Pro boxer Floyd Mayweather proved that contrary to popular belief, donning a suit containing red doily fringe does not make one a better dancer. To be fair, the Harold Wheeler Orchestra sounded way out of whack for at least the first 30 seconds of Floyd and Karina’s paso doble — and now that we know how the dancers aren’t even sure what the song will sound like until the day they perform it, Floyd might deserve some slack there. The judges all commented on Floyd’s improvement, but to be honest I thought that dance was the hottest mess since Samantha Harris’ first welcome-back screw-up of the evening. Since he was in the bottom two last week, Floyd could be poised to mention his December 8 fight for the last time tomorrow night.

Finally, there’s Mark Cuban and Kym, who scored 22 points for a Viennese waltz set to a painful(ly awesome) rendition of ”Mr. Bojangles.” I’ll admit I found Mark’s furious note taking more endearing the second time around. There are no attitude kinks to work out with this couple, and Mark clearly has no problem waddling around the ballroom floor like an impeccably dressed Mary Poppins penguin, since that’s basically all he can do with his bum hip. If DANCMSTR keeps closing his eyes while judging him, Mark could win this thing!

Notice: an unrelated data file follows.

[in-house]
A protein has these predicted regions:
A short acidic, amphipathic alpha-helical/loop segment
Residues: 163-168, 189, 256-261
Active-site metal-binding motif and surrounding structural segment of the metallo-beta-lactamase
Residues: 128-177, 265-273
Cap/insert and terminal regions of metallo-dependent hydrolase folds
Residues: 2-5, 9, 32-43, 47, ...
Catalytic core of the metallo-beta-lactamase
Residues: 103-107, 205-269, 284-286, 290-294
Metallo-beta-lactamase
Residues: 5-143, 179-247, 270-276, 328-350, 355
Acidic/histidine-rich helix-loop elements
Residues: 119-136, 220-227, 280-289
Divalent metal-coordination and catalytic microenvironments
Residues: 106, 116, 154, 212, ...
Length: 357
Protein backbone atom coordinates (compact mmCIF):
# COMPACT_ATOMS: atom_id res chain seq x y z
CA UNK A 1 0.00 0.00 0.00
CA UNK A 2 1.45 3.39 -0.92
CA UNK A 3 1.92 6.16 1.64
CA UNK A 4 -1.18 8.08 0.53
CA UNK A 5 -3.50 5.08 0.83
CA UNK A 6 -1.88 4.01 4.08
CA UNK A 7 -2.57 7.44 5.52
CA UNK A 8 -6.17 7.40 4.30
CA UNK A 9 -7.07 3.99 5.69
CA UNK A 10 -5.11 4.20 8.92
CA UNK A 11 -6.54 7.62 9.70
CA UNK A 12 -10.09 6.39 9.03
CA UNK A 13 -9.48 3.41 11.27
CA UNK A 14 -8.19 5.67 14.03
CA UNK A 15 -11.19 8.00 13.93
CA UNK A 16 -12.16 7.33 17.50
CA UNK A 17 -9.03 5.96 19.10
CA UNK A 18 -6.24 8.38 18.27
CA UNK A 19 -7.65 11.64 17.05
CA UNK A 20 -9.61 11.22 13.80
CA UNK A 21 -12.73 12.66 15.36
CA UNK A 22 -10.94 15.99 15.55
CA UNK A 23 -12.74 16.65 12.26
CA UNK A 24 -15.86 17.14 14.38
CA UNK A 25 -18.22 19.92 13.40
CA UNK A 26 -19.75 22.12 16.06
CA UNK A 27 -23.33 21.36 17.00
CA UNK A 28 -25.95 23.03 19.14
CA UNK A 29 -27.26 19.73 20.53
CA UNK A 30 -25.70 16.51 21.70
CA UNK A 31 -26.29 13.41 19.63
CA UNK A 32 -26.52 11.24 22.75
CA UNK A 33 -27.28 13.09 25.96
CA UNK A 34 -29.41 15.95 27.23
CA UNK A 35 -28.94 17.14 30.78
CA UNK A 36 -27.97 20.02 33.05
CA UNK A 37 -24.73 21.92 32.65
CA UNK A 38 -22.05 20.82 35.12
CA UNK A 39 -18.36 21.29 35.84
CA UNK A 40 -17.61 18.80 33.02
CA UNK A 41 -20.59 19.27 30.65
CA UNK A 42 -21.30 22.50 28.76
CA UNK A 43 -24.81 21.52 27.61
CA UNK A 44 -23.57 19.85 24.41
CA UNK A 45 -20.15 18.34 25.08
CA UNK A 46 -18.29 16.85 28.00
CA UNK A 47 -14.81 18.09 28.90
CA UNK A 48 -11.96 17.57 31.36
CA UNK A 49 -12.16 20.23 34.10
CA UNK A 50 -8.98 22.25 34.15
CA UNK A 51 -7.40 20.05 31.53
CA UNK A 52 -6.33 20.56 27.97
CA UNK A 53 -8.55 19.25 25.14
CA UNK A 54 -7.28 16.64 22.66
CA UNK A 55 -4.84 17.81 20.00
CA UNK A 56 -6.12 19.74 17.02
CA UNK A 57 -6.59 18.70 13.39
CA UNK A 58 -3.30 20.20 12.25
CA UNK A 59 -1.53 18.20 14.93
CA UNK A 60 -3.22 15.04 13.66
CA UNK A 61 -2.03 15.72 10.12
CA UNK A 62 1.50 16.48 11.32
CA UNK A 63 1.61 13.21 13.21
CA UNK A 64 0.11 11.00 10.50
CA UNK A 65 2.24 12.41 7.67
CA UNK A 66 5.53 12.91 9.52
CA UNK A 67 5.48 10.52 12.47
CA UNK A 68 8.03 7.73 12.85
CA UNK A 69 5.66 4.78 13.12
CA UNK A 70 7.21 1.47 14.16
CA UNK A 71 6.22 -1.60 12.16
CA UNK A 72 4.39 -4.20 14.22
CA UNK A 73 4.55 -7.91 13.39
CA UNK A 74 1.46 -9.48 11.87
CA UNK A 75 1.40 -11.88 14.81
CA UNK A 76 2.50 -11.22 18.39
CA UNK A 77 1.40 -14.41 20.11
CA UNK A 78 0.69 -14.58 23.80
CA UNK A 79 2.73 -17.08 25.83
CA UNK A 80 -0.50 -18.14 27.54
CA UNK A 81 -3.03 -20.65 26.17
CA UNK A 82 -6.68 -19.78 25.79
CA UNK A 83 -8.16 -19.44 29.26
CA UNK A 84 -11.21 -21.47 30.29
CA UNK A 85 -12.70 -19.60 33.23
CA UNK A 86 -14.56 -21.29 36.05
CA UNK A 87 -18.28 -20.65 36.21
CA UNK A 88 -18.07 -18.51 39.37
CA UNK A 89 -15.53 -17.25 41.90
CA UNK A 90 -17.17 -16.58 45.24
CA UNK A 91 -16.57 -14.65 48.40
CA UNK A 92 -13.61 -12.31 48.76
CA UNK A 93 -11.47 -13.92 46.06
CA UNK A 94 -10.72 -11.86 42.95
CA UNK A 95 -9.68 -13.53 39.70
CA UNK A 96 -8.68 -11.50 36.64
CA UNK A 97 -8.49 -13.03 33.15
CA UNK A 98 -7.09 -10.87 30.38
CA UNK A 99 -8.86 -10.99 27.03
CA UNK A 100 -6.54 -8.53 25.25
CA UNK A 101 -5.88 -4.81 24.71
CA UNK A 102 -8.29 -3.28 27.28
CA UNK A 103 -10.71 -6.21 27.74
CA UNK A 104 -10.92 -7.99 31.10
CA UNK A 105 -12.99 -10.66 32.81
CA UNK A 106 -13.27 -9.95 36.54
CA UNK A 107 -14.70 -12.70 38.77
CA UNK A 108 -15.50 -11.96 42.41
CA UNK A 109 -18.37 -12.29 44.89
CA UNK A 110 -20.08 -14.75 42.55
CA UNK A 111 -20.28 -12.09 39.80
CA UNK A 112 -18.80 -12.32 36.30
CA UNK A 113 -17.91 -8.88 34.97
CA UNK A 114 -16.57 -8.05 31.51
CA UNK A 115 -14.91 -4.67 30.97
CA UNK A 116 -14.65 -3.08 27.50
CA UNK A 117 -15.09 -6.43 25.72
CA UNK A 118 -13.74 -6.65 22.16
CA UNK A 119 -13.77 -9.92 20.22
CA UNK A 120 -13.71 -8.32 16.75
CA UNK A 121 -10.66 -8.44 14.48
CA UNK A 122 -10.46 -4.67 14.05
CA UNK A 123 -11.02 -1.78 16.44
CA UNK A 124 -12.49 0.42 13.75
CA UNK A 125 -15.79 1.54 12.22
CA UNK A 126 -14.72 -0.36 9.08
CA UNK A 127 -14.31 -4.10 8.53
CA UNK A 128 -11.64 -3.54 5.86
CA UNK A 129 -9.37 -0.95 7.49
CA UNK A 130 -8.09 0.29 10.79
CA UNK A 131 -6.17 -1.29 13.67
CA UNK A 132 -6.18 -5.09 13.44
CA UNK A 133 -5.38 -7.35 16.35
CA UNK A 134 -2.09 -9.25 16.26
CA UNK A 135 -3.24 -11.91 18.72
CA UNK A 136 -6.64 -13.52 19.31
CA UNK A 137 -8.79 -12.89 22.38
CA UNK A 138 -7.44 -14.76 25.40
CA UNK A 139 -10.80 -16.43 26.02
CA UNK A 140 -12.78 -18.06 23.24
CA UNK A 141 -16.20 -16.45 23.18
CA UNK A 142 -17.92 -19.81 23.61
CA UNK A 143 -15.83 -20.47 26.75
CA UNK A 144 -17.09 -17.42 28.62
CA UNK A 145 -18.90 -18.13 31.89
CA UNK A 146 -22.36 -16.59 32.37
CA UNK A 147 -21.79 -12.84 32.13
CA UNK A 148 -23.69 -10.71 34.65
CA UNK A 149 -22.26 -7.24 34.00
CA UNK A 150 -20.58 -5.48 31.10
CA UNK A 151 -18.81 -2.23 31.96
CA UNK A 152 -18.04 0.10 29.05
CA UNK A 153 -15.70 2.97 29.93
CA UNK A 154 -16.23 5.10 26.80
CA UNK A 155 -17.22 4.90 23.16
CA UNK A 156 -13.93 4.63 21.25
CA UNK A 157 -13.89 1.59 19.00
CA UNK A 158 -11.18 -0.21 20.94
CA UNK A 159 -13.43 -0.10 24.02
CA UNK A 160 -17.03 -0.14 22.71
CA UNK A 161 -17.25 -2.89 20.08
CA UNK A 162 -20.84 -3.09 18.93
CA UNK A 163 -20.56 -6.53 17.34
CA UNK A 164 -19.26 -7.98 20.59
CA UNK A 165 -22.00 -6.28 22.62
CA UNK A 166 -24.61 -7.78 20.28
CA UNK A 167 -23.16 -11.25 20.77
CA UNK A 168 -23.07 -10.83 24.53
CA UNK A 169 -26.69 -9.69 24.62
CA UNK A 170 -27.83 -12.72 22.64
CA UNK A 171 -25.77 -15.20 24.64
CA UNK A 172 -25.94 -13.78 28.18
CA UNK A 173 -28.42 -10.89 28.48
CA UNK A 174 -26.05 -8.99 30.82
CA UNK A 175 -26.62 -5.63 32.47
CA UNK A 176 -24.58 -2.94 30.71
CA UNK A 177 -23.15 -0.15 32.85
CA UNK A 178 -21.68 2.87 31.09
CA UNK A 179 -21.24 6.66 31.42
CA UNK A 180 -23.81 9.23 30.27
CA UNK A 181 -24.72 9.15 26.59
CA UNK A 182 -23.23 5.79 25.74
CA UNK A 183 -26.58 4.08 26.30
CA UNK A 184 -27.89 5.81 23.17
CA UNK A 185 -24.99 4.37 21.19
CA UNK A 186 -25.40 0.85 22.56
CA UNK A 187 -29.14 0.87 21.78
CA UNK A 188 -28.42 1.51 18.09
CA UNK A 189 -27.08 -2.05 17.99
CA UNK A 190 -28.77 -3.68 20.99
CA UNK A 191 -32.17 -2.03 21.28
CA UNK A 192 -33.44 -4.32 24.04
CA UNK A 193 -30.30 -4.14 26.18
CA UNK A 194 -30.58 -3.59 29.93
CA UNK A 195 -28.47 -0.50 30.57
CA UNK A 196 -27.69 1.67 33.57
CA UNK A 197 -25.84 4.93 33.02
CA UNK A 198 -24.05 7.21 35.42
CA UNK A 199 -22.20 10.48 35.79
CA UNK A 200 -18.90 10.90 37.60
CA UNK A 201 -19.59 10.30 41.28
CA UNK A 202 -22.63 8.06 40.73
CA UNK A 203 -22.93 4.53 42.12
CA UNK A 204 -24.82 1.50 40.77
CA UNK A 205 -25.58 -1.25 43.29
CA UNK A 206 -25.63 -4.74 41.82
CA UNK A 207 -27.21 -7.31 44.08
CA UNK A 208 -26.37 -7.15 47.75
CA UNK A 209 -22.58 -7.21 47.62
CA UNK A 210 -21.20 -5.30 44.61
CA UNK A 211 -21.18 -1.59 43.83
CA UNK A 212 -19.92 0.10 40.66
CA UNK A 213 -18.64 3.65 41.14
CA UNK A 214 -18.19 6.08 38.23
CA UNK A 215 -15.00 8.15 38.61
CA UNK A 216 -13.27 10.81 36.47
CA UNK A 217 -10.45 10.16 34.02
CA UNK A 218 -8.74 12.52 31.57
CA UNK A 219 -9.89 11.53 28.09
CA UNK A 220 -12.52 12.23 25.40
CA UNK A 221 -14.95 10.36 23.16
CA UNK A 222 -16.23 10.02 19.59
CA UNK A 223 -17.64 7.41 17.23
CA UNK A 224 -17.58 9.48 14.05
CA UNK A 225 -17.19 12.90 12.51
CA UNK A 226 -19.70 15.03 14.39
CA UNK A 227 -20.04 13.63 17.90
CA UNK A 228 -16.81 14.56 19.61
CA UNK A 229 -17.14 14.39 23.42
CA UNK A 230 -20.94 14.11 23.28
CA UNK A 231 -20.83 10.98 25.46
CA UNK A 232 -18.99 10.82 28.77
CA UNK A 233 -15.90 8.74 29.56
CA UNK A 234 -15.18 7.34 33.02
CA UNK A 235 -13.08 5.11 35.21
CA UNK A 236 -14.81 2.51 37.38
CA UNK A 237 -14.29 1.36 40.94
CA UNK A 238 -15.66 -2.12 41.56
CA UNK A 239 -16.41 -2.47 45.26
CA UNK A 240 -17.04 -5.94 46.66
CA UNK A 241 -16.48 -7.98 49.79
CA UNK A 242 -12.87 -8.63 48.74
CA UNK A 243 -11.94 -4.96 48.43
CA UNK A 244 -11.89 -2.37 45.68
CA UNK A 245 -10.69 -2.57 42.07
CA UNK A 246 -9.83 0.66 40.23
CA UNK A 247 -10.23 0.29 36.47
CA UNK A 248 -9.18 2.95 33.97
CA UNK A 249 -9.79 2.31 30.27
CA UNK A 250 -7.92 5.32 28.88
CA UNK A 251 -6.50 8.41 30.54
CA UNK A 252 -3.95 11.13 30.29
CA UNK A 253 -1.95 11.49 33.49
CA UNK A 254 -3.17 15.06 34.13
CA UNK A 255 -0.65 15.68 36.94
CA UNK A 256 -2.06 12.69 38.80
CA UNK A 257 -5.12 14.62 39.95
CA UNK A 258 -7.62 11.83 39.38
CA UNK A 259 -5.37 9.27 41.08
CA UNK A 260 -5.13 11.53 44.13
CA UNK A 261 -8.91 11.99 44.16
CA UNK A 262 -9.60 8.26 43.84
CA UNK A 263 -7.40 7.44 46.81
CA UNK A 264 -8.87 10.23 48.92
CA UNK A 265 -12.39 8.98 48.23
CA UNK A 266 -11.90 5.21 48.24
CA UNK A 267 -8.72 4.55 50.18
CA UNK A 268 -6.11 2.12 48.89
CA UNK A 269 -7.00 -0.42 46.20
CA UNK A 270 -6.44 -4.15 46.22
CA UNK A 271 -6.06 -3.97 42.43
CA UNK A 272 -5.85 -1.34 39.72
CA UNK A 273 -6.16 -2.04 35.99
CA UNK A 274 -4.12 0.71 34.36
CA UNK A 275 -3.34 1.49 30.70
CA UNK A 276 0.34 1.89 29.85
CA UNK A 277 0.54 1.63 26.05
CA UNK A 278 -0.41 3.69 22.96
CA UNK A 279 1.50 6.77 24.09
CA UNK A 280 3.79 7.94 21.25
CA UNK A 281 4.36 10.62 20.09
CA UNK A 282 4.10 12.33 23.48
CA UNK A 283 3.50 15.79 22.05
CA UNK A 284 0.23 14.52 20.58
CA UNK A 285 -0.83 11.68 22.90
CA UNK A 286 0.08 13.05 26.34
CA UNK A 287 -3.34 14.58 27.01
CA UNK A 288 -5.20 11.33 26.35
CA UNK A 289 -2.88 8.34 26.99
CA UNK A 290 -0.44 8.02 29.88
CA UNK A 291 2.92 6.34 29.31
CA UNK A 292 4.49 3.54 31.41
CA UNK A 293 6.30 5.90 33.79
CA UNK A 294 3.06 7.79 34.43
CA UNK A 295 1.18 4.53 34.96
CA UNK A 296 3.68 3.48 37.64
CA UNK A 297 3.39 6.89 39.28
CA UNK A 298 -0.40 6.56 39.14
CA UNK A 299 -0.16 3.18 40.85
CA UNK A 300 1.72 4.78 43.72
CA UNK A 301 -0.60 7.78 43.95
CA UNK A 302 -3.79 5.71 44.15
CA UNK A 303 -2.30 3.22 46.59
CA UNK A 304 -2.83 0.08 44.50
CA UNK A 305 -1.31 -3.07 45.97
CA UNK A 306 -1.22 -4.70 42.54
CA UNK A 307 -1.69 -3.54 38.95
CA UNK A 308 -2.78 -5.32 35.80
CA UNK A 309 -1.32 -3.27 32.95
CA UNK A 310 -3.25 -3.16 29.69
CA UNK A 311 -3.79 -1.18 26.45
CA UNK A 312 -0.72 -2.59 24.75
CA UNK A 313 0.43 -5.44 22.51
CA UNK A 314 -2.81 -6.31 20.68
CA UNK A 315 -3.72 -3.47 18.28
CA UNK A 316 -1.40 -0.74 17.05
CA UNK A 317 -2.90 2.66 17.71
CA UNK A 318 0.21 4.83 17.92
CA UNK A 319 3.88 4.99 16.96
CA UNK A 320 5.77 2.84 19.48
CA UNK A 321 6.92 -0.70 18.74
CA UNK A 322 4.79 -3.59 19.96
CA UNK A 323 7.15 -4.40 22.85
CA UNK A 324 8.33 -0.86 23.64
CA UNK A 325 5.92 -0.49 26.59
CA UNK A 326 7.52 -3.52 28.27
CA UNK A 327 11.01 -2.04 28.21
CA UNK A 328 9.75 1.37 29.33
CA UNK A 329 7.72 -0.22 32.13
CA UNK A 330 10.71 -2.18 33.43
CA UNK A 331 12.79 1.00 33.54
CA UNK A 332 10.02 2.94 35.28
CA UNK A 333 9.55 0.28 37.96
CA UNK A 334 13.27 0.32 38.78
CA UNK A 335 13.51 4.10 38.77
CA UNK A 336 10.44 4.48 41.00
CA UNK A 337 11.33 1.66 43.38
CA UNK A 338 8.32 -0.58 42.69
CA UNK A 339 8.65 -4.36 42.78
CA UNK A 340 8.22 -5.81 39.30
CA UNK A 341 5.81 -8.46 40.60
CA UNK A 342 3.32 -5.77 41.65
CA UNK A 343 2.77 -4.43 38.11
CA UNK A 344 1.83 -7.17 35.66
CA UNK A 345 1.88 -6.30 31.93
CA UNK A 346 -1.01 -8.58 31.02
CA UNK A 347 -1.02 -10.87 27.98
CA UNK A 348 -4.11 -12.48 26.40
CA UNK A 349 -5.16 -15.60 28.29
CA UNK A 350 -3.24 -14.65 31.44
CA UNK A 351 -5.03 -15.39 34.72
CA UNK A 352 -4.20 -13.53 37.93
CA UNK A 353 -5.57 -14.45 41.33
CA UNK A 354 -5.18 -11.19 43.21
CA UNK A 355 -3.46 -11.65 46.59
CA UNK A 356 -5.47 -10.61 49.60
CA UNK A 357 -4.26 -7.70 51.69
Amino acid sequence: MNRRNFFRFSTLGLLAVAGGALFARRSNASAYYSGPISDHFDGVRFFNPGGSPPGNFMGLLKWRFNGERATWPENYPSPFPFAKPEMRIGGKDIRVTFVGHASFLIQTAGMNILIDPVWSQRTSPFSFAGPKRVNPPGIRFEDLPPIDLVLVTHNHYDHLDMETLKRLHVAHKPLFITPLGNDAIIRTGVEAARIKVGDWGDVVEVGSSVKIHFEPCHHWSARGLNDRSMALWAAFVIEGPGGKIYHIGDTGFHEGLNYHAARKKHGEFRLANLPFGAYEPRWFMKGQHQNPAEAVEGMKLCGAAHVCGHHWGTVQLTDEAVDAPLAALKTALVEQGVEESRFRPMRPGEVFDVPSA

What do you think? Did you find the lift controversy as pointless as I did? Who else is excited for Wade Robson and whatever the hell kind of hippies-in-chains dance he’s gonna pull off tonight? And would you rather see Mark or Floyd go home?

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Dancing With the Stars